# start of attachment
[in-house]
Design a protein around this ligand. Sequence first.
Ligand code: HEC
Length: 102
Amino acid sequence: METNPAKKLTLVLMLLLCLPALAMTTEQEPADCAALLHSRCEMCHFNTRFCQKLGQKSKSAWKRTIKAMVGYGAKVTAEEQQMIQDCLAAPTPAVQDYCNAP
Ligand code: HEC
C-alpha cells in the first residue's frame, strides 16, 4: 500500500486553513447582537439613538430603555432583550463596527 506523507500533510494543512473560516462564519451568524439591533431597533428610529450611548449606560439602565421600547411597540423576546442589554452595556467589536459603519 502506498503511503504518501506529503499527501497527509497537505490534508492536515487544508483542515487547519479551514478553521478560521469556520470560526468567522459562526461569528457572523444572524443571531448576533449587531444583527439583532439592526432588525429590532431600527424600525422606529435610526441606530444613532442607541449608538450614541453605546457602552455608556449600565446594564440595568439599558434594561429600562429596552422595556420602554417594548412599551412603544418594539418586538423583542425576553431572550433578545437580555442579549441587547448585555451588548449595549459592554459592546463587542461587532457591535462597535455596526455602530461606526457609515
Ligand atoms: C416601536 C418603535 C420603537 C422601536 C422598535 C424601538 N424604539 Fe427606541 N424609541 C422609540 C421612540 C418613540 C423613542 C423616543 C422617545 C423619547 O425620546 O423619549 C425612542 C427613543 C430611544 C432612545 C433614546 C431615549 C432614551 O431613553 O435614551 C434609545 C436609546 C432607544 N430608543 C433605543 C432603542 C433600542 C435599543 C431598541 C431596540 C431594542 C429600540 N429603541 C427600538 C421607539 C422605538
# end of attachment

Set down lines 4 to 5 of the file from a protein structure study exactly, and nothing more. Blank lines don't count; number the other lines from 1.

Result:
Length: 102
Amino acid sequence: METNPAKKLTLVLMLLLCLPALAMTTEQEPADCAALLHSRCEMCHFNTRFCQKLGQKSKSAWKRTIKAMVGYGAKVTAEEQQMIQDCLAAPTPAVQDYCNAP